In terms of actions, this weird karma colors the right talks, right actions and so on, with their pinnacle being right samadhi. SO there are plenty of actions stemming from right view, but most of those actions have nothing to do with most of the actions invented and done by puthujjanas.

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Cetanāhaṃ, bhikkhave, kammaṃ vadāmi. Cetayitvā kammaṃ karoti: kāyena, vācāya, manasā.

"Intention, I tell you, is kamma. Intending, one does kamma by way of body, speech, & intellect." - Nibbedhika Sutta

So as you can see, Karma is the intention. These intentions may or may not be followed by verbal and bodily actions in which case they are categorized as verbal karma and bodily karma. When there are no bodily or verbal actions involved they are called mental(mano) karma. But it is Karma nonetheless. There is no Karma without the mind.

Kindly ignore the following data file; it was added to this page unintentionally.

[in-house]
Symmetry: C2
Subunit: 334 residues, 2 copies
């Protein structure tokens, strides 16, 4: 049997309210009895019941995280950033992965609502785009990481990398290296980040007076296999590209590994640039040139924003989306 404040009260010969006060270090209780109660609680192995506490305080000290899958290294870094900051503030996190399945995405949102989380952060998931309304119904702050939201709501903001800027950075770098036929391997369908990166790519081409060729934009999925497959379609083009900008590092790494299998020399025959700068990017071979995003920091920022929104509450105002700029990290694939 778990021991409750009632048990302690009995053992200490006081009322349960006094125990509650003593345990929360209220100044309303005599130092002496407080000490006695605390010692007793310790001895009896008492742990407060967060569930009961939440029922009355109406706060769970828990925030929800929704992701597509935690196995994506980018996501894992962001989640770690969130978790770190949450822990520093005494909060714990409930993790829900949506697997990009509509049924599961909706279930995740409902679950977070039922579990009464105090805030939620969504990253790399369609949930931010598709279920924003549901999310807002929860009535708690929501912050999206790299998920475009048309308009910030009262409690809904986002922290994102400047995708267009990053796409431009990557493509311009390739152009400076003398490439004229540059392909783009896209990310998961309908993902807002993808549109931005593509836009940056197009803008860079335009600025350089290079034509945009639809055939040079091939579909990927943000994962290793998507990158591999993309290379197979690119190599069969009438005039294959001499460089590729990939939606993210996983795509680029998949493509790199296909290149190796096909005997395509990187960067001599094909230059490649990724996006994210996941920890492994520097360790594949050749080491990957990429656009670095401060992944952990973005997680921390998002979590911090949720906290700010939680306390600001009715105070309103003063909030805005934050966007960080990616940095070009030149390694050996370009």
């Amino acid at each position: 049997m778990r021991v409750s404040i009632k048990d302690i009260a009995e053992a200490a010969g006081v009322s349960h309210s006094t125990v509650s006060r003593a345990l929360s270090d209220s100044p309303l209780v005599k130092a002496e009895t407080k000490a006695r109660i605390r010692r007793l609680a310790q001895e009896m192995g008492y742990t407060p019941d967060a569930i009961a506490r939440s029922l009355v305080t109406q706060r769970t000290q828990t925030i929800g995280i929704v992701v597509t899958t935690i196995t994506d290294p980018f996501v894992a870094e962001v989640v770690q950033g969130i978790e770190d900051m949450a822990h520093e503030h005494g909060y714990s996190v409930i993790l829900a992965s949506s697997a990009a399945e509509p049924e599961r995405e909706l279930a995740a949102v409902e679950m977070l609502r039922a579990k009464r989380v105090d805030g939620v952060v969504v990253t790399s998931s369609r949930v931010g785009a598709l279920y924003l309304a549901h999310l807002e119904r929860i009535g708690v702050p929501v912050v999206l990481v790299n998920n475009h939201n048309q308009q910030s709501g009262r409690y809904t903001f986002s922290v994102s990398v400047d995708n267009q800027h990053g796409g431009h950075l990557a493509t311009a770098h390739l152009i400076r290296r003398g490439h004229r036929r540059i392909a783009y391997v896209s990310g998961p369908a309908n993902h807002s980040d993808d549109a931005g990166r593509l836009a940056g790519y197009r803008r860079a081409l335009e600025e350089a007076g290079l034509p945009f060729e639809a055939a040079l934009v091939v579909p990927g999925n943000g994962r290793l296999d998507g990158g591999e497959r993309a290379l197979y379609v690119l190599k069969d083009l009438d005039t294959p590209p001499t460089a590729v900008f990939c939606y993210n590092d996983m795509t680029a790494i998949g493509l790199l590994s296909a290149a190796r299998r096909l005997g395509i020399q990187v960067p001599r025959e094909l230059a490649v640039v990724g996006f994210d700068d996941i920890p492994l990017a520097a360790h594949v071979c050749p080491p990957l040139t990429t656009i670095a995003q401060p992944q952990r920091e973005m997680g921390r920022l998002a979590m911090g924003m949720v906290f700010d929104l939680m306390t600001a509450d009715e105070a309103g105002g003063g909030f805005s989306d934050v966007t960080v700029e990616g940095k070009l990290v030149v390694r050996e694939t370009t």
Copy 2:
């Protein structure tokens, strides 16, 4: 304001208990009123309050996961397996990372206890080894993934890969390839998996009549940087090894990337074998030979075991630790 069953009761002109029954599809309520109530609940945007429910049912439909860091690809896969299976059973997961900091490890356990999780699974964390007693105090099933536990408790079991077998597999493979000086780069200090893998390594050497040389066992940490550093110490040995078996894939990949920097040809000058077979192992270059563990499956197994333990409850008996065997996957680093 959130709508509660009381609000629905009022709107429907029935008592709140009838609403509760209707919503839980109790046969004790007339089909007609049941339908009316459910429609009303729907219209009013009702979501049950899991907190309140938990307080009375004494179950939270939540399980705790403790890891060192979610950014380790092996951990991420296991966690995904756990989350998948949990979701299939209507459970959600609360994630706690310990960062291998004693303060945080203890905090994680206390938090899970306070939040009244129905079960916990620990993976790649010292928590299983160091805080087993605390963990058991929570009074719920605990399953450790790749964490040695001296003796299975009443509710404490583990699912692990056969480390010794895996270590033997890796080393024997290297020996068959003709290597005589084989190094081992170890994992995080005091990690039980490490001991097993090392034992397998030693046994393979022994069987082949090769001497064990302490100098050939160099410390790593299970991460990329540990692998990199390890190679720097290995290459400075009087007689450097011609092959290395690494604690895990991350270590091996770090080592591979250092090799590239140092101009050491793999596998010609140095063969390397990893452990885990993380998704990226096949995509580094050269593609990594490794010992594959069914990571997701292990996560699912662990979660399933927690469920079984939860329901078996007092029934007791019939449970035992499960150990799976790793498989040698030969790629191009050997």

For an unenlightened person, there is no experience without Karma. Every experience has a maximum of 17 thought moments. Seven of these thought moments are called the Javanas. They are Karmically charged.

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There are three doors of action: bodily, verbal (signs) and thought, while the last, mind is always involved, prompted or latent.

Wrong, better unskilful, thoughts have their effects as well. E.g. bodily killing or approving killing by thought, wishing, is not really that different to order or do by oneself.

To trust that "from this comes that, with arising of that, arises this" does not head toward becoming crazy. So simple that to practice, while trusting that actions have formost impacts on oneself.

Accepting = instigate = donig by one self